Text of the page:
Uncaged Love The Boxed Set #1-5(2)

By: JJ Knight


“I SAID, whatcha got under that hood?” His voice is raised now, pissed off. He can’t believe I’d ignore him.

They’re moving away from the bike. I’m screwed. I’ve got a vacant lot, then a shut-down strip of shops ahead. Nobody is walking my direction.

There’s plenty of time to catch me. If I can just get to the light at Cesar Chavez, I’ll be home free. Lots of people walk on that street. I won’t be so alone with them. I consider whether or not I should run.

A man comes out of the store, way out of his league for this part of town. He’s got a leather jacket and jeans that cost a month’s rent. His golden blonde hair is cut in the messy way that takes expert hands to get right.

He throws his leg over the bike. For a minute I think I’m safe, as the boys’ attention is drawn back. I hunker down in my hoodie and walk as fast as I can. The roar of the motorcycle drowns out anything the boys might say.

I’m at the end of the lot when I feel a jerk on my elbow. A strong arm whips me around.

“You dissin’ me?” It’s one of the boys. His face is tan, like he hangs outside all day. Little nicks along his jaw probably come from shaving with cheap razors. He makes me think of a weasel, long-nosed and beady-eyed.

Once he has my attention, he relaxes a bit, looking from side to side at his friends. “See, she’s liking me better already.” He sticks out his tongue to show off a gold barbell. “How ’bout you and me take a little walk? Get to know each other better?”

I yank my arm back, and he laughs. The Harley behind us quiets to an idle, then rumbles as Golden Boy pulls onto the street.

He rides alongside us, and I can see he’s looking. His helmet is turned our direction.

“Sweet ride,” Weasel Boy calls out. He tries to entwine his arm with mine, but I jerk free and try to walk away.

The other boys laugh, and this pisses him off. He steps in front of me. The motorcycle continues on by, and they all focus back on their girl prey.

“Come on, baby, don’t be like that.” He reaches for my hood like he’s going to pull it down.

I don’t get it, I really don’t. Why is he interested in me? Why is their day improved by messing up mine?

I try to shove past. We’re in the middle of the sidewalk. They can’t actually do anything.

But his hands closing on my shoulders are too familiar, too rough. The heat rises, and I can’t stop myself. Without thinking, I’m a whirlwind, all bony elbows flying at their faces, bellies, knees. I aim for soft spots that’ll drop them.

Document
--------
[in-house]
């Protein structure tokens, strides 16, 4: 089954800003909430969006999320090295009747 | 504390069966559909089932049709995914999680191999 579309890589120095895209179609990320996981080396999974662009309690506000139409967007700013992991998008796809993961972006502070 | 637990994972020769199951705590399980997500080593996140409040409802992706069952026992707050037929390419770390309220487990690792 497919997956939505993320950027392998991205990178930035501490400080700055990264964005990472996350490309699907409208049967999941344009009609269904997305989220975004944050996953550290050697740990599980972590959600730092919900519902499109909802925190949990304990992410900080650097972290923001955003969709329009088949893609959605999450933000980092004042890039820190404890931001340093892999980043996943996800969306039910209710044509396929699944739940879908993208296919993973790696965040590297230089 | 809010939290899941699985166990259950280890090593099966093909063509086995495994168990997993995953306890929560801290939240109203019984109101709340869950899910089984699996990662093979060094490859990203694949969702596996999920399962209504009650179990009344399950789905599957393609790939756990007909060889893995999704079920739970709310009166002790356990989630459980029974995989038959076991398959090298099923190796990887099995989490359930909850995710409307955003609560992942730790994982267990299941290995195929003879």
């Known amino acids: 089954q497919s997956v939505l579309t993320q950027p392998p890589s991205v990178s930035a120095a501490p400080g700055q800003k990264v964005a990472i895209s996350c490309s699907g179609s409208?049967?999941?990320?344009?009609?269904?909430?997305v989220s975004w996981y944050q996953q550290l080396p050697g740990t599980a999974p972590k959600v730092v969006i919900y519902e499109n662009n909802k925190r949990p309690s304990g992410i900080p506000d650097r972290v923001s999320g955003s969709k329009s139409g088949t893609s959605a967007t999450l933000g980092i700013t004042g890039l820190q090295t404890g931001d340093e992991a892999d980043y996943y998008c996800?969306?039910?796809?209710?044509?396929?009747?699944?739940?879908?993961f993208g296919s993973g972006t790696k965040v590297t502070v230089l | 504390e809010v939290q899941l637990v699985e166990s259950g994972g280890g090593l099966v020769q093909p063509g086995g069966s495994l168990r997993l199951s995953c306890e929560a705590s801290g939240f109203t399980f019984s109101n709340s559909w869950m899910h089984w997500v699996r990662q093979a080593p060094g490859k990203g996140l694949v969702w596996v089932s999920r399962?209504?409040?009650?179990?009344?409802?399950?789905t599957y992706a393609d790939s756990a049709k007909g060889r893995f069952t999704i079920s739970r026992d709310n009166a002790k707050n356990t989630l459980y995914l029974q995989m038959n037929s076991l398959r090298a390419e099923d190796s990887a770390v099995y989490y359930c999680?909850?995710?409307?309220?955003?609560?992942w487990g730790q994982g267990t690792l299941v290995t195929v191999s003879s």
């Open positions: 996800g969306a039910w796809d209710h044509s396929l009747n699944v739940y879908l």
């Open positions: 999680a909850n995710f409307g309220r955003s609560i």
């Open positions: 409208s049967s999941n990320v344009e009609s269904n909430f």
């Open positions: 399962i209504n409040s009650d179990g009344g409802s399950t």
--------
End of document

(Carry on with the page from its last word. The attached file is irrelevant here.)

I can’t hear anything. The world is silent inside my hurricane. Faces are a blur as I spin around.

Then a roar fills my ears.

Golden Boy is back, his bike falling to the sidewalk as he pushes through. He grabs my arms. I’m pinned hard against his solid body.

I think I’ve traded one disaster for another, but he whispers, “Let me get you out of here.”

The boys stand back. They’re suddenly kids, and this is the man.

Weasel thinks about stepping up. His lips are curled around some insult. But one of his friends wraps an arm around his neck and pulls him back.

Golden Boy lifts his bike and swings a leg over. “Get on,” he says.

The hurricane is starting to collapse in on itself. I feel like a top that’s done spinning. I’m suddenly exhausted.

I manage to get on behind him, but I don’t know where to put my hands. I try to clutch the seat between my thighs, but as soon as the Harley leaps forward, I have to grab the man.

He’s hard and muscled beneath the jacket. I’ve never held a stranger like this before.

My daddy, long ago, sometimes let me ride his back like a horse. I was always afraid to sit up, so I wrapped my arms around him. That memory is the closest thing to what I am feeling now.

My throat tightens. I haven’t thought of my daddy in years. He died on an oil rig when I was eight. I pretty much haven’t been happy since then.

Although this is close.

The wind whips around me, pushing the hood off my head. I want to laugh now, free of the bad scene. I don’t even know where this guy is taking me. It could be someplace worse. Some other fate.

But for a minute I don’t care and just look at the city blurring by in a wash of color. The poverty and neglect disappear. Only impressions remain. A green tree on a boulevard. A little girl in a red coat. A long blue banner fluttering on an awning.

We pull up to a light and the dismal surroundings come back into focus. Golden Boy flips up his visor. “I’m headed to the gym a couple blocks up, but I can take you somewhere first.”

“The gym’s fine,” I say. I’m a little sad the ride is over. It’s been the best part of the day. The year, maybe. Heck, probably the best moment since I arrived in LA three years ago, seventeen and fresh off the bus from hell.

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